IslamQA

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IslamQA: The point of the Islamic acts of worship

A question received on tumblr:

What are the importances of acts of worship Prayer, zakat and fasting etc

At the most basic level these acts reaffirm God’s important in our lives. We Muslims cannot ignore God, saying “we have faith” and then go for days without thinking about God. The prayers interrupt our lives five times a day. Fasting interrupts a whole month of the year.

As for zakat, it provides basic income to the poor. If the people of the United States paid zakat, it could amount to $100 to $500 billion dollars a year, meaning that within a few years there wouldn’t be a single homeless or poor person in the country, and every poor person (belonging to the bottom 50% of society) would get a monthly income of $1000 or more from zakat.

As far as I know no Muslim country properly applies the zakat system, which is why there is so much widespread poverty in countries like Egypt. Zakat has to be taken, it is not a voluntary act. Most rich people are not generous and would rather not pay 2.5% of their uninvested wealth to the poor every year, they would rather do as the Jews and Christians of America do, lending their wealth to the poor and charging them 5% or more interest.

In the zakat system, the poor charge interest on rich people’s uninvested wealth, the money they hoard in their bank accounts. In America’s usurious system, the rich charge interest on the poor, to the tune of more than a trillion dollars per year. American taxpayers paid upwards of $200 billion on money borrowed from usurers to pay for government expenditures, which is why the rich and powerful of America constantly want to increase the size of the military and to instigate new wars, such as with Iran and Russia. War requires spending, and the money for it has to be borrowed from the rich, and the interest on that money has to be paid by the average taxpayer.

For the rich, war always means money. Islam breaks this cycle of evil and destruction by prohibiting usury (all charging of interest) and enforcing zakat.

As for other acts of worship, they all have some wisdom if you look into them.

IslamQA: What to do when your spouse is less religious than you

A question I received recently:

I am in my early twenties and have married a woman who comes from a Muslim family. After marrying her, I have found that religion is not very important to her. I had wished to marry a woman who was my equal in faith, so that we could create a faithful family together. I feel like I have made a mistake in marrying her, and I don't know where to go from here. Why did God allow me to marry her?

My answer:

It is normal to start having doubts after marriage when you have no previous experience with it. Many ideas and assumptions about the other sex will be proven false or inaccurate once you are living the reality of marriage.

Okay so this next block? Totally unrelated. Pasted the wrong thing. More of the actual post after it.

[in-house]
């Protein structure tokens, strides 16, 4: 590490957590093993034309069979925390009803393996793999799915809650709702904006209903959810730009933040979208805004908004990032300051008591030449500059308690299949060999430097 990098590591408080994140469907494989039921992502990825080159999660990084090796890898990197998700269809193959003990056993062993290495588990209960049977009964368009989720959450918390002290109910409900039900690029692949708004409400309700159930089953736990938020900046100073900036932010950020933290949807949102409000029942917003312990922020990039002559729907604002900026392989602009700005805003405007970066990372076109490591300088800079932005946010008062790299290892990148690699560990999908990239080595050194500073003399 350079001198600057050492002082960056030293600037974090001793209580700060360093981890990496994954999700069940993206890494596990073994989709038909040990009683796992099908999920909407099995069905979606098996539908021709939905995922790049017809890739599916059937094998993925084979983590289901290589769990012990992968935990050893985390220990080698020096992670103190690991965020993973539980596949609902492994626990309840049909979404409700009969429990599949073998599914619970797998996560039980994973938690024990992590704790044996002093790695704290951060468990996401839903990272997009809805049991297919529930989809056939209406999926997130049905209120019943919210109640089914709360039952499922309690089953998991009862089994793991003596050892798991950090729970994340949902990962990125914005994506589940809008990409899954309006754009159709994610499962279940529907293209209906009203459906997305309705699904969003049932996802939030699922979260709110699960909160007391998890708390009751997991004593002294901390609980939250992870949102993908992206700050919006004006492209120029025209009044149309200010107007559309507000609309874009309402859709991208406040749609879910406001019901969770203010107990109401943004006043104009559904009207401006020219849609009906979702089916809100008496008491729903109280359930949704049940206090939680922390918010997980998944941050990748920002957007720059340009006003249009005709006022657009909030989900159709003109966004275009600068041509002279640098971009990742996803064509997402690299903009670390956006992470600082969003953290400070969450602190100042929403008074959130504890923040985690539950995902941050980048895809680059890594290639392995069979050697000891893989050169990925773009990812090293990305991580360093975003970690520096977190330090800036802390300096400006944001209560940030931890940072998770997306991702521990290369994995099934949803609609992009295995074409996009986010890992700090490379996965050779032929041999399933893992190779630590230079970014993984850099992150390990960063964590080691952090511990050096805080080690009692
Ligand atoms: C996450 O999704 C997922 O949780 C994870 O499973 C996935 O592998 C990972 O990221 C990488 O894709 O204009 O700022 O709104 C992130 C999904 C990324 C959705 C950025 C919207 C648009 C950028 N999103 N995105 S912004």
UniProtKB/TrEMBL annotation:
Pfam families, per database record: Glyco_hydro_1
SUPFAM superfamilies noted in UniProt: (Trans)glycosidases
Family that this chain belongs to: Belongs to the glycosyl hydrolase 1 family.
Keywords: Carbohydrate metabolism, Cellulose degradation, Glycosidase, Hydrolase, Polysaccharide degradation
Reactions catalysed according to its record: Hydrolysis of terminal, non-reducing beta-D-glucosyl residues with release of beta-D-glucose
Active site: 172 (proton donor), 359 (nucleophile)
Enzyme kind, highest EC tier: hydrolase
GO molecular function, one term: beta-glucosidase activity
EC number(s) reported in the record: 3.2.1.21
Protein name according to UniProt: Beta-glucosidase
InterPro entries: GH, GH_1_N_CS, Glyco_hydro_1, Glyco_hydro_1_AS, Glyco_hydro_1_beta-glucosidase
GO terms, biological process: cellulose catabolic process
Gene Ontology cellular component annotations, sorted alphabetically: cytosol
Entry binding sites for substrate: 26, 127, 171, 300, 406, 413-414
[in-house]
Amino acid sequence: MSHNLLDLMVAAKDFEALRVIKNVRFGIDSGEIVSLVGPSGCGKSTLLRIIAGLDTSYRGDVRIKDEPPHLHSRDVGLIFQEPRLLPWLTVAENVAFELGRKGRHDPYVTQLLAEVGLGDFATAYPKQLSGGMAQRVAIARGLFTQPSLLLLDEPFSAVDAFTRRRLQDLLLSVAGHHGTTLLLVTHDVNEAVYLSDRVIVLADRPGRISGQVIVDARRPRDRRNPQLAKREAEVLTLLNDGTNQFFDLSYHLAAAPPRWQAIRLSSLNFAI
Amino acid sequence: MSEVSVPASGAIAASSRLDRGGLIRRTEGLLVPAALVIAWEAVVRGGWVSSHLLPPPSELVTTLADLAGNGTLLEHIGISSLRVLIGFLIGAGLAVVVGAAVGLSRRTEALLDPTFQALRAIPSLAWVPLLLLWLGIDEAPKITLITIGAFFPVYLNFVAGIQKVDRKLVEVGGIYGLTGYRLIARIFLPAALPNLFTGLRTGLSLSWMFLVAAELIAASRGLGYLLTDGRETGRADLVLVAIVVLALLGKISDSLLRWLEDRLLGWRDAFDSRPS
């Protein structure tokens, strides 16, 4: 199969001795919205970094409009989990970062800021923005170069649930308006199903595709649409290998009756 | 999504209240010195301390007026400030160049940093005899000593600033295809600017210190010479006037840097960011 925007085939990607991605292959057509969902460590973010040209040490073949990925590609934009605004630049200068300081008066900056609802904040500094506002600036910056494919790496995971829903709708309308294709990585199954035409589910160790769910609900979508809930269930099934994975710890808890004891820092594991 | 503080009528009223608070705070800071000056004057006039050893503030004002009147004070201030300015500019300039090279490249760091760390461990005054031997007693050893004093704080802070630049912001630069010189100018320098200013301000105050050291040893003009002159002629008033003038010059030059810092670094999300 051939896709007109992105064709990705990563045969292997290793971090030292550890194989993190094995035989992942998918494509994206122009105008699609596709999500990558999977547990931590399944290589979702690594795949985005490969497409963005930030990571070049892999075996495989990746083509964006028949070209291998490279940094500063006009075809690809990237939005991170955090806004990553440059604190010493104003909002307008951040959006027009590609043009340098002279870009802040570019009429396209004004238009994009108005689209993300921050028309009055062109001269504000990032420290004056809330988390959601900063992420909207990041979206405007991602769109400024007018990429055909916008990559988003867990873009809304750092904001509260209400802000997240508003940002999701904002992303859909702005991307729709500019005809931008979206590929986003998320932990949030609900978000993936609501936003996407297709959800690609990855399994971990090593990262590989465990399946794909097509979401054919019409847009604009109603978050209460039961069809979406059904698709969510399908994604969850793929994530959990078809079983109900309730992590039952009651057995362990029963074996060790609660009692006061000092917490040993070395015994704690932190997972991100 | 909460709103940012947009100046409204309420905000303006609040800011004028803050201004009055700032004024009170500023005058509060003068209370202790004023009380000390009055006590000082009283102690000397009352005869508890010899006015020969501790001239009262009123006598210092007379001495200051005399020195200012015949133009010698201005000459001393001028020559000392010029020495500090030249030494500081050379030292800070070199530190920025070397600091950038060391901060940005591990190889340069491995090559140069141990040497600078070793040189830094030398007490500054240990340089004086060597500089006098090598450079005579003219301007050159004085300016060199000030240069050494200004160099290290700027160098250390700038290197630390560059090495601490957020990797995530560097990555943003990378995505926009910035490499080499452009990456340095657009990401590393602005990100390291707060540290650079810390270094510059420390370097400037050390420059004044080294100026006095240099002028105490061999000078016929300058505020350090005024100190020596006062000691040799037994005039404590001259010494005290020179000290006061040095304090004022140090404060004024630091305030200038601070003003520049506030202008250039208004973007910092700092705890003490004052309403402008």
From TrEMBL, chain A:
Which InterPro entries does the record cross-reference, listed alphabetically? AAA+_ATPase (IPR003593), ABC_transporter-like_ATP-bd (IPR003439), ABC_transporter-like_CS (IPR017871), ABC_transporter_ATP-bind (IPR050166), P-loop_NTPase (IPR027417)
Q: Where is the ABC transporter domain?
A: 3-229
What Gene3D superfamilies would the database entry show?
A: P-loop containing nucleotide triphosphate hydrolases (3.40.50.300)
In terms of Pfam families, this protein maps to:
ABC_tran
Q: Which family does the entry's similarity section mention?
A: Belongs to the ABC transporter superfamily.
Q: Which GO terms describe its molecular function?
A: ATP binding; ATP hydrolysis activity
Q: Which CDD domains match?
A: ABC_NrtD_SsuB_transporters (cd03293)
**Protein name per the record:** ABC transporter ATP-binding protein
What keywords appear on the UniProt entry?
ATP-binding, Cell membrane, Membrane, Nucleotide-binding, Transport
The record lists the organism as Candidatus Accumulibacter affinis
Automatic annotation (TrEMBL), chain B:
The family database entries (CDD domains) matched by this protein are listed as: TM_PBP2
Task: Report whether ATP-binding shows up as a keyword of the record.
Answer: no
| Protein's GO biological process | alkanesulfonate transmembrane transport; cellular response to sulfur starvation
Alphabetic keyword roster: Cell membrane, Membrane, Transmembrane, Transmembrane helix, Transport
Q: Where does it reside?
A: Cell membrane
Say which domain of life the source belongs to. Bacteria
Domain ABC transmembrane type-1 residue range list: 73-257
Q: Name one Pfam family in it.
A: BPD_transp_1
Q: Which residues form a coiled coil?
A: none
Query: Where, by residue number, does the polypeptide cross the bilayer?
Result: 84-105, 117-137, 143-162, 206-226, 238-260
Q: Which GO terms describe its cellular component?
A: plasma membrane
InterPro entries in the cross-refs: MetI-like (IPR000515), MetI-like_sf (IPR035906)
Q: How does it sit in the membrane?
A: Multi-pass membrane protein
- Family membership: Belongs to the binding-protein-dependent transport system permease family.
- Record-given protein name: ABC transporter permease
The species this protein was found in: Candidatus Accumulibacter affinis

Women are generally more liberal than men and laxer when it comes to religion. I come from a conservative Muslim family but I’ve had trouble convincing close female relatives to stop engaging in negative gossip about people (i.e. backbiting, ghaibah). I know a woman who is a civil engineer (so she is educated and intelligent enough to know better), and even though she went to an Islamic boarding school where they recited Quran every night and sometimes stayed up all night for prayer, she continues to think it is her every right to gossip about people.

When dealing with women, always remember Imam al-Shafi`i’s saying: “Be harsh on yourself, easy on others.” You shouldn’t hold your wife to the same standards as yourself, and if she does the minimum that is requested of her by religion, you should be thankful for that.

I grew up knowing many great men in my extended family, highly religious, kind and observant men. But almost none of these men had wives who could match them in faith, and some had wives who only did the minimum and didn’t care about religion at all. This hasn’t stopped them from bringing up good religious families.

In a household, men and women are not equal when it comes to authority. The Quran gives men a degree of authority over women (Quran 2:228, 4:34), and perhaps part of the reason for that is that men are, in general, more observant and more conservative, though a minority of women can be found who are like this too. It is a man’s duty to keep standards high in his household, preventing lax behaviors like not praying, not fasting or eating what is not halal, though he must do this with love and kindness, not with authoritarianism:

"Invite to the way of your Lord with wisdom and good advice, and debate with them in the best possible manner."1

If your wife does the obligatory deeds (praying, fasting, etc.) and avoids haram (alcohol, interest, etc.), then this is the most you can expect of her, and leave it to her as a free-willed human being to make up her mind to do more if she wants. If she doesn’t do the obligatory deeds or engages in haram, then you have a clear right to give her an ultimatum, for her to come back to the Straight Path and do the minimum of what’s requested of her in Islam. If she doesn’t, then in effect she is refusing to do what the Quran asks of her, meaning that she is denying its truth, and in a way she is a non-believer. There is no obligation for you to stay married to her in such a case.